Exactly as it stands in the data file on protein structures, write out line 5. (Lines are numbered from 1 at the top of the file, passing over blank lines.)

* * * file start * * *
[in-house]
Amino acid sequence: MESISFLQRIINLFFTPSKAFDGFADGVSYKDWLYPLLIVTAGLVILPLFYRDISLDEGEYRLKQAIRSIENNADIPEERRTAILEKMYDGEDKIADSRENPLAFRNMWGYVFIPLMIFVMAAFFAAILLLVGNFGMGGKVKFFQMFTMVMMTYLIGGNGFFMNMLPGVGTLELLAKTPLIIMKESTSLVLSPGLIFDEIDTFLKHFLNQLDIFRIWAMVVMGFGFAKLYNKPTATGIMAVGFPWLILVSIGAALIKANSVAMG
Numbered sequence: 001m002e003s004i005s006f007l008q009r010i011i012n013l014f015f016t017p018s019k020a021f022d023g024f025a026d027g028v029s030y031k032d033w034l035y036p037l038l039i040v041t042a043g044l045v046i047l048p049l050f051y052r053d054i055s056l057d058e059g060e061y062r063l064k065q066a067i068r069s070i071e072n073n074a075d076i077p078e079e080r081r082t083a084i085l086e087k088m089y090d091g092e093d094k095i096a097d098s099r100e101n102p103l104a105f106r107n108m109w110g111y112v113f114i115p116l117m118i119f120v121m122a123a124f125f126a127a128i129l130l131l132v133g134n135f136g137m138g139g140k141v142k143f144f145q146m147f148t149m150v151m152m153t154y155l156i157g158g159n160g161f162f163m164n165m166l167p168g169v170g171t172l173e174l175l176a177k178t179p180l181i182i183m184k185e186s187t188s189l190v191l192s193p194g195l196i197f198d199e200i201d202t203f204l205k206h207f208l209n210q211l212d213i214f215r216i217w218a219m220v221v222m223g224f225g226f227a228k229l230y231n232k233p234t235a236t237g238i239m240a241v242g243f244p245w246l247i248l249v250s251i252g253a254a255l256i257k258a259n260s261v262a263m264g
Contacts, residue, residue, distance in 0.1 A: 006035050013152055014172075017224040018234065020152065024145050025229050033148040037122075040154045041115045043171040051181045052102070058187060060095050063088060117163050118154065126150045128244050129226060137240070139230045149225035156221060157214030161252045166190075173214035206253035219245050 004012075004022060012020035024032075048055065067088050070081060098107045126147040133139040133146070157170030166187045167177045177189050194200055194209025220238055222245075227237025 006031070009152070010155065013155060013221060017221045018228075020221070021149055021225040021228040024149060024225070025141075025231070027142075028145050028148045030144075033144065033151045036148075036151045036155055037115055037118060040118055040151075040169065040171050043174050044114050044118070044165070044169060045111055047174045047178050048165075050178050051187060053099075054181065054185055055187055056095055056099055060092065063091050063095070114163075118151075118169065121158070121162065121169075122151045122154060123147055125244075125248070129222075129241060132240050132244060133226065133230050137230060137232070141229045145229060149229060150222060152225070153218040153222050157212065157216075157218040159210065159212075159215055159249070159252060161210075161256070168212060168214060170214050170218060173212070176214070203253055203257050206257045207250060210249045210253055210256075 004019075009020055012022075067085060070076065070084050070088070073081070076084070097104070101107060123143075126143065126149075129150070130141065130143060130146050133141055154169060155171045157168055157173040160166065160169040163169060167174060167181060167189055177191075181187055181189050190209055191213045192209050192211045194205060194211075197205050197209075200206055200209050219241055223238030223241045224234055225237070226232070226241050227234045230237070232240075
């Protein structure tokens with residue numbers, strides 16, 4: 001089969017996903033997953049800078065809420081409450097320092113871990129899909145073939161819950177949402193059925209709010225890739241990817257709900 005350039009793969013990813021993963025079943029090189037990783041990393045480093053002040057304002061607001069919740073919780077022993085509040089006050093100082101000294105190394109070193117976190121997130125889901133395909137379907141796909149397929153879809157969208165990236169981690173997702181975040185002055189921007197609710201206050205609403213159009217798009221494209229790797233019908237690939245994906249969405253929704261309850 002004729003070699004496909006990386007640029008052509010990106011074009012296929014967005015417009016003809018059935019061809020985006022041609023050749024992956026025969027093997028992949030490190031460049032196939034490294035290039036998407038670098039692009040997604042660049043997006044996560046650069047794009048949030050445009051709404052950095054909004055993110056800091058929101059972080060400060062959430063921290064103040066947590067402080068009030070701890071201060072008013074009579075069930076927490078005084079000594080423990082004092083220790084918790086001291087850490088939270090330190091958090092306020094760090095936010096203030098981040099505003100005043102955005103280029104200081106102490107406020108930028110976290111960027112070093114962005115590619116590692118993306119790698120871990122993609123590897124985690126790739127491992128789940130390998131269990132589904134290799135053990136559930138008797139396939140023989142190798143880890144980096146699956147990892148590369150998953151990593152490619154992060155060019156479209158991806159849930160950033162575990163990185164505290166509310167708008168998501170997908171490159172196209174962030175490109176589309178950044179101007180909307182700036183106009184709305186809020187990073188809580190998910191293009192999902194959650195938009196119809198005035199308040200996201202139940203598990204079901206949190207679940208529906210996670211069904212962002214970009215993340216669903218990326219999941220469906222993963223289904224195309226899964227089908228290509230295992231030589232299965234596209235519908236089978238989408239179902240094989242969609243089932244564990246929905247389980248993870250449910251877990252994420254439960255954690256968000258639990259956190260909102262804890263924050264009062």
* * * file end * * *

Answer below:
């Protein structure tokens with residue numbers, strides 16, 4: 001089969017996903033997953049800078065809420081409450097320092113871990129899909145073939161819950177949402193059925209709010225890739241990817257709900 005350039009793969013990813021993963025079943029090189037990783041990393045480093053002040057304002061607001069919740073919780077022993085509040089006050093100082101000294105190394109070193117976190121997130125889901133395909137379907141796909149397929153879809157969208165990236169981690173997702181975040185002055189921007197609710201206050205609403213159009217798009221494209229790797233019908237690939245994906249969405253929704261309850 002004729003070699004496909006990386007640029008052509010990106011074009012296929014967005015417009016003809018059935019061809020985006022041609023050749024992956026025969027093997028992949030490190031460049032196939034490294035290039036998407038670098039692009040997604042660049043997006044996560046650069047794009048949030050445009051709404052950095054909004055993110056800091058929101059972080060400060062959430063921290064103040066947590067402080068009030070701890071201060072008013074009579075069930076927490078005084079000594080423990082004092083220790084918790086001291087850490088939270090330190091958090092306020094760090095936010096203030098981040099505003100005043102955005103280029104200081106102490107406020108930028110976290111960027112070093114962005115590619116590692118993306119790698120871990122993609123590897124985690126790739127491992128789940130390998131269990132589904134290799135053990136559930138008797139396939140023989142190798143880890144980096146699956147990892148590369150998953151990593152490619154992060155060019156479209158991806159849930160950033162575990163990185164505290166509310167708008168998501170997908171490159172196209174962030175490109176589309178950044179101007180909307182700036183106009184709305186809020187990073188809580190998910191293009192999902194959650195938009196119809198005035199308040200996201202139940203598990204079901206949190207679940208529906210996670211069904212962002214970009215993340216669903218990326219999941220469906222993963223289904224195309226899964227089908228290509230295992231030589232299965234596209235519908236089978238989408239179902240094989242969609243089932244564990246929905247389980248993870250449910251877990252994420254439960255954690256968000258639990259956190260909102262804890263924050264009062």